New Way (Over Danby High Moor)

Distance 1.07 miles

Max Gradient – the gradient is variable with steep ramps that go up to around 15%

Where do you find it?

Just after leaving Castleton heading towards Danby take a right at the bottom of the short descent. Follow the road towards Ainthorpe (this in itself has a few short steep inclines). Once into the village centre take the right turn which almost doubles back on itself and keep on this road which drags slightly upwards. After about mile you go past Danby Castle on your left, follow the road for another mile and you will reach the foot of the climb at the T junction after Slate Hill House, our route goes up!

Description

A dull name for a great climb, I didn’t know that the climb even had a name until I looked on the OS map. The climb has a great deal of character and a real feeling of remoteness, even for the North York Moors. The road cuts across Danby Rigg going past the sign that says ‘single track road, no passing places’. Despite being a narrow road the surface is good throughout and you are gradually eased in with a slope of around 5%, after a couple of minutes riding the road bends to the left and you are then faced with the first of three steep ramps of around 15%. None of these last long but are enough to make it uncomfortable and you are glad of the flatter sections in between.

As such you are faced with a decision to make as it’s one of those climbs where you can make it hard for yourself by attacking the steep sections and recovering in between, great for hill interval training if that’s your thing. It might have been for me in the past but today I chose the other option, which was to stick it in a low gear and just twiddle up, even doing this though it is no walkover. After the last steep ramp the climb continues to wind its way at around 6-7% up to the top of Danby High Moor. There is no obvious summit to the climb as the road then continues to rise very slightly until it joins the road that takes you from Blakey Ridge to Rosedale and our next port of call the Chimney.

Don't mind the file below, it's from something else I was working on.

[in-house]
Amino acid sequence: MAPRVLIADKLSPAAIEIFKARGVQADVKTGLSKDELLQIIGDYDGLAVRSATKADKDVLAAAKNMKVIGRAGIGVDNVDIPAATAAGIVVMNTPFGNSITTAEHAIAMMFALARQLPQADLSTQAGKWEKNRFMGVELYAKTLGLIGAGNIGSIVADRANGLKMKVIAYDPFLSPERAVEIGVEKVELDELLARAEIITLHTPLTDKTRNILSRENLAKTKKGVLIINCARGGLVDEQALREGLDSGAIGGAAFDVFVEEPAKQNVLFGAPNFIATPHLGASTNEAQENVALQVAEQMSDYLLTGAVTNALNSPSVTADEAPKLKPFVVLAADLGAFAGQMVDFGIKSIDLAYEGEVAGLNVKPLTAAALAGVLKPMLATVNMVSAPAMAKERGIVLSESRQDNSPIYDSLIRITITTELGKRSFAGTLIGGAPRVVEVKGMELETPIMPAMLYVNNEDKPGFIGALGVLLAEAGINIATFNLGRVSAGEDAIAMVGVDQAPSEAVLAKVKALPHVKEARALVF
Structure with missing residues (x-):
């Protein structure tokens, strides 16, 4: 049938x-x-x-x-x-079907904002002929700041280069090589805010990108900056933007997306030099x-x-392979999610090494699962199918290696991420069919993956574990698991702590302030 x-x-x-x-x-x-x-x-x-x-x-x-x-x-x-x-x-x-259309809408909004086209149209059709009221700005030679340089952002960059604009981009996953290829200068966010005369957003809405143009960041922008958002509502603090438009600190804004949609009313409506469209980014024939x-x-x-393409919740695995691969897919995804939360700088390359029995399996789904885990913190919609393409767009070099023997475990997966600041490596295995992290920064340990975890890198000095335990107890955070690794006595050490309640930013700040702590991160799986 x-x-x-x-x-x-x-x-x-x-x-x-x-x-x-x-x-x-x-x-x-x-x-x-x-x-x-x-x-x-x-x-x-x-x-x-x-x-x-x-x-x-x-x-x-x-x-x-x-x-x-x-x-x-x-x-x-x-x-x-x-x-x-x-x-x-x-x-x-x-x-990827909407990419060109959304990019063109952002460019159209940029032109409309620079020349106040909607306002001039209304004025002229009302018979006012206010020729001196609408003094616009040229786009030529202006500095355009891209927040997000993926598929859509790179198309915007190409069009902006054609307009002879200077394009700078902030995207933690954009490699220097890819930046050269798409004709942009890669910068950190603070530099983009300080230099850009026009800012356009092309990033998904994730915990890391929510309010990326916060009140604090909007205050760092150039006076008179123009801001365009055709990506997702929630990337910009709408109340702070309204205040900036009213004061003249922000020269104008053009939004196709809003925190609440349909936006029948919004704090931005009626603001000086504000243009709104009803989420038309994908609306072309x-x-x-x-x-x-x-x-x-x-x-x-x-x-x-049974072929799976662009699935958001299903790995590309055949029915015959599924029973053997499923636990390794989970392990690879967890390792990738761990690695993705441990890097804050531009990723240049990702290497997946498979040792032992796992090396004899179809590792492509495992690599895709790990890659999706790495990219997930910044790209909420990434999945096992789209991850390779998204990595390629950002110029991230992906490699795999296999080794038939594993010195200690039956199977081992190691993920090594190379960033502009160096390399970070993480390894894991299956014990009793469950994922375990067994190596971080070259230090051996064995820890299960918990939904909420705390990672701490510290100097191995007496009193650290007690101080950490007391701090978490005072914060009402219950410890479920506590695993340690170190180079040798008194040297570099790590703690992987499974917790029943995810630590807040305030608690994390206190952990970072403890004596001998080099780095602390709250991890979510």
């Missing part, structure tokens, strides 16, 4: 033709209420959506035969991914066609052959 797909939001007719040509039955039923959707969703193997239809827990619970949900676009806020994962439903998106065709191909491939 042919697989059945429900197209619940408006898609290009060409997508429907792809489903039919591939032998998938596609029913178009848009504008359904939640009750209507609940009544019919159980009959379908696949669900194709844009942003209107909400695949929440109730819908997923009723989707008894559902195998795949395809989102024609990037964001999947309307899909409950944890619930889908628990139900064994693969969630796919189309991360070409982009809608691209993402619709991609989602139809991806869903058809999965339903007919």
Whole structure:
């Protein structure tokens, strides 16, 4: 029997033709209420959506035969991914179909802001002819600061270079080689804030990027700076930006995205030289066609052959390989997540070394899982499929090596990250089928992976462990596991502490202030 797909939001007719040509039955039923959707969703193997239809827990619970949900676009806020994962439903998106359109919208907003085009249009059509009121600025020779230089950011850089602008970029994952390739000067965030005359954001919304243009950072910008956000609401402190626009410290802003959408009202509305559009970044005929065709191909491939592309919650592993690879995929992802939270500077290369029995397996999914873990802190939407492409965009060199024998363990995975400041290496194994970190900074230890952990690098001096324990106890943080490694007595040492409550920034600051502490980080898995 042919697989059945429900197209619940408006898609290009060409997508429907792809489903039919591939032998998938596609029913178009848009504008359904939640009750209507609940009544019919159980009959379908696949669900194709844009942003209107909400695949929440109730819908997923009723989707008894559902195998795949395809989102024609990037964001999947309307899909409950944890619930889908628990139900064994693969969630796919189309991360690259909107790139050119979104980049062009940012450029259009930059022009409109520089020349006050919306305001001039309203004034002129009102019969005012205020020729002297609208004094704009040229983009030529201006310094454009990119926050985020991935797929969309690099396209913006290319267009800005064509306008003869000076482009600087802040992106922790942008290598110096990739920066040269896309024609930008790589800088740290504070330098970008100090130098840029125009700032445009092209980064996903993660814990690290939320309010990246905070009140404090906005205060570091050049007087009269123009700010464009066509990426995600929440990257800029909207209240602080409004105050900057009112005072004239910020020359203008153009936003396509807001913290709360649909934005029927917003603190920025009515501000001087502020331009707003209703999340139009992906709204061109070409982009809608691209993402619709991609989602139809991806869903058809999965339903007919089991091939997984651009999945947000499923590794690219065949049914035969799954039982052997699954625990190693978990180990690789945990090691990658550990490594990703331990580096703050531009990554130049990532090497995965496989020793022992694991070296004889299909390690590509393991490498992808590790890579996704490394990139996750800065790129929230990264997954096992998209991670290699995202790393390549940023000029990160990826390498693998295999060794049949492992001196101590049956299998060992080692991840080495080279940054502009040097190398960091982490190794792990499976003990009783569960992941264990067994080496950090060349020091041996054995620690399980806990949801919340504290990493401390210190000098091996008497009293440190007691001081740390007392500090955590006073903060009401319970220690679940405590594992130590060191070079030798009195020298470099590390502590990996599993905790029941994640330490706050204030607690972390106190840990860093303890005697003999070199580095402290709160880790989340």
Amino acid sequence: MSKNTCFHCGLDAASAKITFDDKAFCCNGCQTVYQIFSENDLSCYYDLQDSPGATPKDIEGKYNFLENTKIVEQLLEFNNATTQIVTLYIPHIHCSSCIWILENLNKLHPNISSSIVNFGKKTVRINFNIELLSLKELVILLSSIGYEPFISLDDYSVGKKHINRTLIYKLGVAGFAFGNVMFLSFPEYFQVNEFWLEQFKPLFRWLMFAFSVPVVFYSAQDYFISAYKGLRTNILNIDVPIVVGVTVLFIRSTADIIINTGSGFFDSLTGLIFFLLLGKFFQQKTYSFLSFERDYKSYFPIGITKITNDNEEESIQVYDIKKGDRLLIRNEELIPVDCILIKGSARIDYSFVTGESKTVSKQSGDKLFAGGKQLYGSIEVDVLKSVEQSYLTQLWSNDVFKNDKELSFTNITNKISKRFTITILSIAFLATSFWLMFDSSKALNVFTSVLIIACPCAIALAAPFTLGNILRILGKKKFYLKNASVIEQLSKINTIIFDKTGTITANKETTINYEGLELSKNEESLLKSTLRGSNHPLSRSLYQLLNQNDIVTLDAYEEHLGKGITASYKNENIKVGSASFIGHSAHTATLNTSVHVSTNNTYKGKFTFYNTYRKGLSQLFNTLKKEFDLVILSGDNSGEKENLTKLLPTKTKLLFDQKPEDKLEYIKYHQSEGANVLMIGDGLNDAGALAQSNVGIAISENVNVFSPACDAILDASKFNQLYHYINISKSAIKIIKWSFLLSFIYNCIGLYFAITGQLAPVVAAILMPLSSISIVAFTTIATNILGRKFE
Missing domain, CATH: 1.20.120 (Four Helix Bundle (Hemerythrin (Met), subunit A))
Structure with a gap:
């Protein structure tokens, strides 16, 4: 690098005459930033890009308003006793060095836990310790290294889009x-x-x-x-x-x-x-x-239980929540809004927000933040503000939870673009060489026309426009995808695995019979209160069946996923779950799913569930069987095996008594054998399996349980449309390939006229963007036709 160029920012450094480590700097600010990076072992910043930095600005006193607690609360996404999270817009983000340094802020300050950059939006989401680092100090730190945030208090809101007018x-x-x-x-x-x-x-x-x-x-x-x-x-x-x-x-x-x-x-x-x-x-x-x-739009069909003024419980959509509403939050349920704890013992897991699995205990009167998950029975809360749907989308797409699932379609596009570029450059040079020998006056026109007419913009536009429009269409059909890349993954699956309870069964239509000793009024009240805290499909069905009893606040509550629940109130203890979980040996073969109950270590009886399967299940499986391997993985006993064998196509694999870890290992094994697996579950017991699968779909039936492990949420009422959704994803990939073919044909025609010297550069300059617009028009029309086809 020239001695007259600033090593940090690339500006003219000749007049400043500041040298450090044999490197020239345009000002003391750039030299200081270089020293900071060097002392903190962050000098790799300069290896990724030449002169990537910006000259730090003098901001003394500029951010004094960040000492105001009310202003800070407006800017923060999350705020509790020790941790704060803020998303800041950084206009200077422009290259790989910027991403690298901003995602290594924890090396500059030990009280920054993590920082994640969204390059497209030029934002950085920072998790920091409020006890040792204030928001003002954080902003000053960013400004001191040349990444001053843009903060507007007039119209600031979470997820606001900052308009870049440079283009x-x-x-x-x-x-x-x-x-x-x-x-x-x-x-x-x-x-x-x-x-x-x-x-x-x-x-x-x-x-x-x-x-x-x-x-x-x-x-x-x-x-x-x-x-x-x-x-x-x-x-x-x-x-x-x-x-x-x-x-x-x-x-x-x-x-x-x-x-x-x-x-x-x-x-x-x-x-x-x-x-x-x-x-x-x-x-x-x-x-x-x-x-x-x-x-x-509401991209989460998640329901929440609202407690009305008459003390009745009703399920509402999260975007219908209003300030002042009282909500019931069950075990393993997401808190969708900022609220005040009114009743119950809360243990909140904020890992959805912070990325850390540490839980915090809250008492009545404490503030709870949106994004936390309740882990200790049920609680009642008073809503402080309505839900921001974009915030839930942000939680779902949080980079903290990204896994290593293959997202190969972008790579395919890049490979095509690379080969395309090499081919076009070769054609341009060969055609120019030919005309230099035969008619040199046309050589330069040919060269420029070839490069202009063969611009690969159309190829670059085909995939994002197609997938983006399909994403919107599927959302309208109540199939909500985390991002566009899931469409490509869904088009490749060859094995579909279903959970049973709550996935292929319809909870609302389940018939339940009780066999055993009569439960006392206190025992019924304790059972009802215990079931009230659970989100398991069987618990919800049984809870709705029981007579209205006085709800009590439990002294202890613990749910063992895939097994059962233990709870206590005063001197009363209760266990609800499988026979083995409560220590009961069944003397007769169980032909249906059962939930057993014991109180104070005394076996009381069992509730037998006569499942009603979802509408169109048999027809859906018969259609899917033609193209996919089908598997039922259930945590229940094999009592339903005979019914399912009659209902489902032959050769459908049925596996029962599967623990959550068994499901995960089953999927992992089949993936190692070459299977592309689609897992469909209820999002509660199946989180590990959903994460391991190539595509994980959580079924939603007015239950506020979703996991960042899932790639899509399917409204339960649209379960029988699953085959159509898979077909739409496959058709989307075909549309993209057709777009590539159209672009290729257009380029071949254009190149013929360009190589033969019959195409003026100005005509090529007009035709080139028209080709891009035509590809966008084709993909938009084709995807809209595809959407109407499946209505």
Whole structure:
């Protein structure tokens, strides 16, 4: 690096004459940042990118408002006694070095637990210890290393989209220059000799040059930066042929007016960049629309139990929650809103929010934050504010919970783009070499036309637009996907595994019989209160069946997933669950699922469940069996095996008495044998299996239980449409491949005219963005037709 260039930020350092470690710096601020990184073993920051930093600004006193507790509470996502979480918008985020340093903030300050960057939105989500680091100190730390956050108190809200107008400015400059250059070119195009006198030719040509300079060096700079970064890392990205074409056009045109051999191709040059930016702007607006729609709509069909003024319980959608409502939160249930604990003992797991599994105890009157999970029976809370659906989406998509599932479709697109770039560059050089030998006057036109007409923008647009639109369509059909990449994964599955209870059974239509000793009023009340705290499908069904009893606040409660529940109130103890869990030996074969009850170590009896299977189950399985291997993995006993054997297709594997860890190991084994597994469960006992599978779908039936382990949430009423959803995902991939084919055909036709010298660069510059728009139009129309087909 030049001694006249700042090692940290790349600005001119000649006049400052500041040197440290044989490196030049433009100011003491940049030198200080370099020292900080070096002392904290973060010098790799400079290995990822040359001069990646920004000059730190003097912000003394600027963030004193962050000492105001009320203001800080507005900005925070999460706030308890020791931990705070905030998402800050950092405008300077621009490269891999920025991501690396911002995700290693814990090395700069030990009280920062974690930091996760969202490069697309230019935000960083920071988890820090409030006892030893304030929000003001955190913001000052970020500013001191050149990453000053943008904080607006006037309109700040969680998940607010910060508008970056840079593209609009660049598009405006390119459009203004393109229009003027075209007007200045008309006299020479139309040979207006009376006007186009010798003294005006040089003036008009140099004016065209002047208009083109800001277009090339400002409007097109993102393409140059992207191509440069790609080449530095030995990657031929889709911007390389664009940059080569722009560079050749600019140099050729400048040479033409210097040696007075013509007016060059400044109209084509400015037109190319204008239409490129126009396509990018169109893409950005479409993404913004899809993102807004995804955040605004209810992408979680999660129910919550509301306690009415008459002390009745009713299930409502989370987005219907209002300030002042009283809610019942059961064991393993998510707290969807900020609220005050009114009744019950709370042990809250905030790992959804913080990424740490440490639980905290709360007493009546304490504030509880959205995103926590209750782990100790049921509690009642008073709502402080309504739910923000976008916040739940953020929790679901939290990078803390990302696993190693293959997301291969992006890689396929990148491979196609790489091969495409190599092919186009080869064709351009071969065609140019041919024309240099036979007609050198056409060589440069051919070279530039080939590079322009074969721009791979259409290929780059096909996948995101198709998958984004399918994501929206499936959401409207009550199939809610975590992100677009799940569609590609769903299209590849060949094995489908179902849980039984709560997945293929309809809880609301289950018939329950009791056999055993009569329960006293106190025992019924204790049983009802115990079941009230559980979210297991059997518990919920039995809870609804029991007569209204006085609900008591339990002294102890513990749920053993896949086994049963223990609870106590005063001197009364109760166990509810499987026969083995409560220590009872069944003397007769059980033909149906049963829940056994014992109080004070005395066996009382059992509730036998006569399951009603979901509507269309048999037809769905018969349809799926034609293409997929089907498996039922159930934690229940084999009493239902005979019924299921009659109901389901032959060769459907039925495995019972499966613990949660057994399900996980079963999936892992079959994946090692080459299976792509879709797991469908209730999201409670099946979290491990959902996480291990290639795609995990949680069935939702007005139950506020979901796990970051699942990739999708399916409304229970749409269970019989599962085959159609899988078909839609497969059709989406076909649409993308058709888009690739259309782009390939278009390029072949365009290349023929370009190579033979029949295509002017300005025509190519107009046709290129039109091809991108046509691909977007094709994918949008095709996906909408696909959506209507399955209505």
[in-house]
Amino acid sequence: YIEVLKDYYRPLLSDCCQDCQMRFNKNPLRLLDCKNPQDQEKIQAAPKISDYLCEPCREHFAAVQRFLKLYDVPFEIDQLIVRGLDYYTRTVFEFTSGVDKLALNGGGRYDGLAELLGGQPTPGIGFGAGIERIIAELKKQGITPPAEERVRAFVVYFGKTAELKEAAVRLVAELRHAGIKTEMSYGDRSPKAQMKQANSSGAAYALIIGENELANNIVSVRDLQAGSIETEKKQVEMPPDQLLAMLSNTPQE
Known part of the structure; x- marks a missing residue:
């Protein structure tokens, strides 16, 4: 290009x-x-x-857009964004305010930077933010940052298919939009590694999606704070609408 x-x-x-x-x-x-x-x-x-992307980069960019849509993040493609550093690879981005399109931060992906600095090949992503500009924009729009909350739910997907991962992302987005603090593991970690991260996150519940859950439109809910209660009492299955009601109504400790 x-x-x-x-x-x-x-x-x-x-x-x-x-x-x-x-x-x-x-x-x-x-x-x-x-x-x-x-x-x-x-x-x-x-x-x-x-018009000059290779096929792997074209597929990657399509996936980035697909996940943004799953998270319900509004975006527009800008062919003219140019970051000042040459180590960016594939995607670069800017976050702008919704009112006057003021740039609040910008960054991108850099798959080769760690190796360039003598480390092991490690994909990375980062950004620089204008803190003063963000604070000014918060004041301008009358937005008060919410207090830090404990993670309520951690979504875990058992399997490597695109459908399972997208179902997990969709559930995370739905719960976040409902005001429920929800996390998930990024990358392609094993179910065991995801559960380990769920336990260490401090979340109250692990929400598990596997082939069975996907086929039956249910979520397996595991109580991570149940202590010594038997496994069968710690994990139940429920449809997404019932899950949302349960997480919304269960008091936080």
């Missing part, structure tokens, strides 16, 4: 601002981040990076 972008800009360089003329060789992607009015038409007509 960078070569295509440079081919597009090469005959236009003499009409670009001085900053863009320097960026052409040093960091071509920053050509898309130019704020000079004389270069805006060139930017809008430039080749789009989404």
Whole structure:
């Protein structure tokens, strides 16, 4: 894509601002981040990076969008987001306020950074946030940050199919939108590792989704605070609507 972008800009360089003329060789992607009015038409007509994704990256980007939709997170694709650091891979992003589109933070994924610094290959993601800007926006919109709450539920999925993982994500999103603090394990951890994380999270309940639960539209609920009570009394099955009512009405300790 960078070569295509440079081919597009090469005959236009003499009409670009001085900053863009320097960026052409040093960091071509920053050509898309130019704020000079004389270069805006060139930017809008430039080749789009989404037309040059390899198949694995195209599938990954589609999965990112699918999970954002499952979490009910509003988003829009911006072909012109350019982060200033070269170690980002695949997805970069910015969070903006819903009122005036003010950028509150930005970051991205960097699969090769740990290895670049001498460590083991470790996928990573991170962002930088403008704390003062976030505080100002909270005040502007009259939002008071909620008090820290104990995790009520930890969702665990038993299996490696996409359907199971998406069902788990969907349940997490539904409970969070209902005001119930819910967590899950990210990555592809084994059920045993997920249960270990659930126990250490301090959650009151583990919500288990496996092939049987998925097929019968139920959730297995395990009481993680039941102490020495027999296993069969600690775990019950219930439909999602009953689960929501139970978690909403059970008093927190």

We’d descended the climb the day before and it’s a cracker, twisty, but not too bad, so you can always maintain a decent speed and the surface is good and grippy. The only thing you have to be wary of are the famous, or infamous, North York Moors sheep, I always follow the rule that if their heads are down they’re not going to move, but if their heads are up and they are looking around be prepared to take evasive action!

Photos

The bottom of the climb, the road then cuts left across the hill.

The bottom of the climb, the road then cuts left across the hill.

Our Ratings and Comments

  • Paul – 7.
  • Rob – 6.
  • Ian – 7.
  • Dave – 6,

We all thought that this was a climb of great character in a beautiful and exposed setting. Despite cycling around here for years (in the case of Dave and myself) we had somehow never stumbled across it. It was a good approach to the climb as well coming up through Ainthorpe from the Esk Valley. The steep sections are certainly a test and late in a ride with a wind whistling down off the top it would be a tough proposition.

Note the ratings are :-

  1. Where’s the slope?
  2. No problem
  3. Big ring
  4. Spinning a gear
  5. It’s a difficult one (a homage to Sean Kelly)
  6. Light up all the boilers!
  7. Handlebar snapper
  8. Licking the front wheel
  9. Dinner plate required
  10. Fetch a nurse!

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